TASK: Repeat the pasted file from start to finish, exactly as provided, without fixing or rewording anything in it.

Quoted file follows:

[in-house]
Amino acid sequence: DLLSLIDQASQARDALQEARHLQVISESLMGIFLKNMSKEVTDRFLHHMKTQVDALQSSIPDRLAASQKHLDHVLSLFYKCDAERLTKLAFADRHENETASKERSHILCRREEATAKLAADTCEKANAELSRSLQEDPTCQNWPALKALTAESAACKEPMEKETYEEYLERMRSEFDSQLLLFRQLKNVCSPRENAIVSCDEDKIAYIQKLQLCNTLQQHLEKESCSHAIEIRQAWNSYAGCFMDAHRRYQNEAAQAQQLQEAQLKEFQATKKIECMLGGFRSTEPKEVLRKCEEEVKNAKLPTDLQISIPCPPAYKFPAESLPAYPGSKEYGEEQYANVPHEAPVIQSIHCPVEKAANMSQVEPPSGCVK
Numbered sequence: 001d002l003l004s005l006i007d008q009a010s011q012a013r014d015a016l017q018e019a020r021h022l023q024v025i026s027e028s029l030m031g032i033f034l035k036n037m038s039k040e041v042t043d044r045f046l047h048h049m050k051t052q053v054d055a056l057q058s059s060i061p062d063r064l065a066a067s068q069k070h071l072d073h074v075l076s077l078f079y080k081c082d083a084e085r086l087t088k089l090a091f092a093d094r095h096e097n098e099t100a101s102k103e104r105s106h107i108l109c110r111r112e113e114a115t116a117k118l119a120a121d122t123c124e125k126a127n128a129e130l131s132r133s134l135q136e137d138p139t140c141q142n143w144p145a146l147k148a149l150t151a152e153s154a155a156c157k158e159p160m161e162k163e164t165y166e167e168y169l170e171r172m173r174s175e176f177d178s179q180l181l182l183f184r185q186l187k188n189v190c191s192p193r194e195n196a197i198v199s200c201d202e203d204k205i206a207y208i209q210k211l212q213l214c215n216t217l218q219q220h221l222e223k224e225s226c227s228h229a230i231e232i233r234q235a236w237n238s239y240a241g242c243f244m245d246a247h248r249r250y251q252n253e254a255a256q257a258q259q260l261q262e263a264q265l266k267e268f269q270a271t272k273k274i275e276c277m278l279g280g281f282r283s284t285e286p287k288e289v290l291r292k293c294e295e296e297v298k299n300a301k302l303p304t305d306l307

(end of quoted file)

[in-house]
Amino acid sequence: DLLSLIDQASQARDALQEARHLQVISESLMGIFLKNMSKEVTDRFLHHMKTQVDALQSSIPDRLAASQKHLDHVLSLFYKCDAERLTKLAFADRHENETASKERSHILCRREEATAKLAADTCEKANAELSRSLQEDPTCQNWPALKALTAESAACKEPMEKETYEEYLERMRSEFDSQLLLFRQLKNVCSPRENAIVSCDEDKIAYIQKLQLCNTLQQHLEKESCSHAIEIRQAWNSYAGCFMDAHRRYQNEAAQAQQLQEAQLKEFQATKKIECMLGGFRSTEPKEVLRKCEEEVKNAKLPTDLQISIPCPPAYKFPAESLPAYPGSKEYGEEQYANVPHEAPVIQSIHCPVEKAANMSQVEPPSGCVK
Numbered sequence: 001d002l003l004s005l006i007d008q009a010s011q012a013r014d015a016l017q018e019a020r021h022l023q024v025i026s027e028s029l030m031g032i033f034l035k036n037m038s039k040e041v042t043d044r045f046l047h048h049m050k051t052q053v054d055a056l057q058s059s060i061p062d063r064l065a066a067s068q069k070h071l072d073h074v075l076s077l078f079y080k081c082d083a084e085r086l087t088k089l090a091f092a093d094r095h096e097n098e099t100a101s102k103e104r105s106h107i108l109c110r111r112e113e114a115t116a117k118l119a120a121d122t123c124e125k126a127n128a129e130l131s132r133s134l135q136e137d138p139t140c141q142n143w144p145a146l147k148a149l150t151a152e153s154a155a156c157k158e159p160m161e162k163e164t165y166e167e168y169l170e171r172m173r174s175e176f177d178s179q180l181l182l183f184r185q186l187k188n189v190c191s192p193r194e195n196a197i198v199s200c201d202e203d204k205i206a207y208i209q210k211l212q213l214c215n216t217l218q219q220h221l222e223k224e225s226c227s228h229a230i231e232i233r234q235a236w237n238s239y240a241g242c243f244m245d246a247h248r249r250y251q252n253e254a255a256q257a258q259q260l261q262e263a264q265l266k267e268f269q270a271t272k273k274i275e276c277m278l279g280g281f282r283s284t285e286p287k288e289v290l291r292k293c294e295e296e297v298k299n300a301k302l303p304t305d306l307